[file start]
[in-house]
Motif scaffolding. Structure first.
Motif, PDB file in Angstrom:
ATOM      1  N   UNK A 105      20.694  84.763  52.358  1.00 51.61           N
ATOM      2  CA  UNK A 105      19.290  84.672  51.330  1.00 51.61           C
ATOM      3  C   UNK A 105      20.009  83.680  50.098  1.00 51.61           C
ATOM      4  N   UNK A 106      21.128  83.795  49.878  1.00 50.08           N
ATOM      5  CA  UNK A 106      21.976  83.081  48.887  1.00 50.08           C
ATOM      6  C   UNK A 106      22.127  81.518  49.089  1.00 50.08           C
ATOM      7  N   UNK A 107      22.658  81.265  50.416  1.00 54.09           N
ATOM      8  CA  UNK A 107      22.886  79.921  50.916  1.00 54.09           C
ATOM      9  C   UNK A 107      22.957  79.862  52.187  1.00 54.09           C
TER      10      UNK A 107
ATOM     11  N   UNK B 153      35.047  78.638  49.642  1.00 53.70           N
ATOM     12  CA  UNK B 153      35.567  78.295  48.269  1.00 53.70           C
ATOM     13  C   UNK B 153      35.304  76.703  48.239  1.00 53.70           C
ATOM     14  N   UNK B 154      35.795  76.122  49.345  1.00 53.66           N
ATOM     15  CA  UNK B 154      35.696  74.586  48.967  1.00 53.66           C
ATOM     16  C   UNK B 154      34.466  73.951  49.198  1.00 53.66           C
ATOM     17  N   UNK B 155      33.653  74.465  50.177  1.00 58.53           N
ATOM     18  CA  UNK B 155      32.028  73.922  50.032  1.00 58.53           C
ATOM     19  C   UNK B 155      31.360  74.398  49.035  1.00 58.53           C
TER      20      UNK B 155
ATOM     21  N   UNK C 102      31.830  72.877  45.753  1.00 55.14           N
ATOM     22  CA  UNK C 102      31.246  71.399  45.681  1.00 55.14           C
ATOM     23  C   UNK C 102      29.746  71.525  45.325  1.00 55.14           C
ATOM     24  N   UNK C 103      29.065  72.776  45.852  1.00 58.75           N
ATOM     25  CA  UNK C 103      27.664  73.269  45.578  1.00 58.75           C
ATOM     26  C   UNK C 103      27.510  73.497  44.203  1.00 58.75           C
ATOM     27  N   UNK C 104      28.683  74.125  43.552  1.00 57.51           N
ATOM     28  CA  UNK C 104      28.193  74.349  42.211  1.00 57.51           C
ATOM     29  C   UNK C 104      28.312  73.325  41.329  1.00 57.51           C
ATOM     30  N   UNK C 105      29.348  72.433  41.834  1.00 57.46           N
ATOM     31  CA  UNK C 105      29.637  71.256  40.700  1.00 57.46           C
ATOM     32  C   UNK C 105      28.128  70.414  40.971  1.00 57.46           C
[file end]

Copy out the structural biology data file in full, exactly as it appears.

[in-house]
Motif scaffolding. Structure first.
Motif, PDB file in Angstrom:
ATOM      1  N   UNK A 105      20.694  84.763  52.358  1.00 51.61           N
ATOM      2  CA  UNK A 105      19.290  84.672  51.330  1.00 51.61           C
ATOM      3  C   UNK A 105      20.009  83.680  50.098  1.00 51.61           C
ATOM      4  N   UNK A 106      21.128  83.795  49.878  1.00 50.08           N
ATOM      5  CA  UNK A 106      21.976  83.081  48.887  1.00 50.08           C
ATOM      6  C   UNK A 106      22.127  81.518  49.089  1.00 50.08           C
ATOM      7  N   UNK A 107      22.658  81.265  50.416  1.00 54.09           N
ATOM      8  CA  UNK A 107      22.886  79.921  50.916  1.00 54.09           C
ATOM      9  C   UNK A 107      22.957  79.862  52.187  1.00 54.09           C
TER      10      UNK A 107
ATOM     11  N   UNK B 153      35.047  78.638  49.642  1.00 53.70           N
ATOM     12  CA  UNK B 153      35.567  78.295  48.269  1.00 53.70           C
ATOM     13  C   UNK B 153      35.304  76.703  48.239  1.00 53.70           C
ATOM     14  N   UNK B 154      35.795  76.122  49.345  1.00 53.66           N
ATOM     15  CA  UNK B 154      35.696  74.586  48.967  1.00 53.66           C
ATOM     16  C   UNK B 154      34.466  73.951  49.198  1.00 53.66           C
ATOM     17  N   UNK B 155      33.653  74.465  50.177  1.00 58.53           N
ATOM     18  CA  UNK B 155      32.028  73.922  50.032  1.00 58.53           C
ATOM     19  C   UNK B 155      31.360  74.398  49.035  1.00 58.53           C
TER      20      UNK B 155
ATOM     21  N   UNK C 102      31.830  72.877  45.753  1.00 55.14           N
ATOM     22  CA  UNK C 102      31.246  71.399  45.681  1.00 55.14           C
ATOM     23  C   UNK C 102      29.746  71.525  45.325  1.00 55.14           C
ATOM     24  N   UNK C 103      29.065  72.776  45.852  1.00 58.75           N
ATOM     25  CA  UNK C 103      27.664  73.269  45.578  1.00 58.75           C
ATOM     26  C   UNK C 103      27.510  73.497  44.203  1.00 58.75           C
ATOM     27  N   UNK C 104      28.683  74.125  43.552  1.00 57.51           N
ATOM     28  CA  UNK C 104      28.193  74.349  42.211  1.00 57.51           C
ATOM     29  C   UNK C 104      28.312  73.325  41.329  1.00 57.51           C
ATOM     30  N   UNK C 105      29.348  72.433  41.834  1.00 57.46           N
ATOM     31  CA  UNK C 105      29.637  71.256  40.700  1.00 57.46           C
ATOM     32  C   UNK C 105      28.128  70.414  40.971  1.00 57.46           C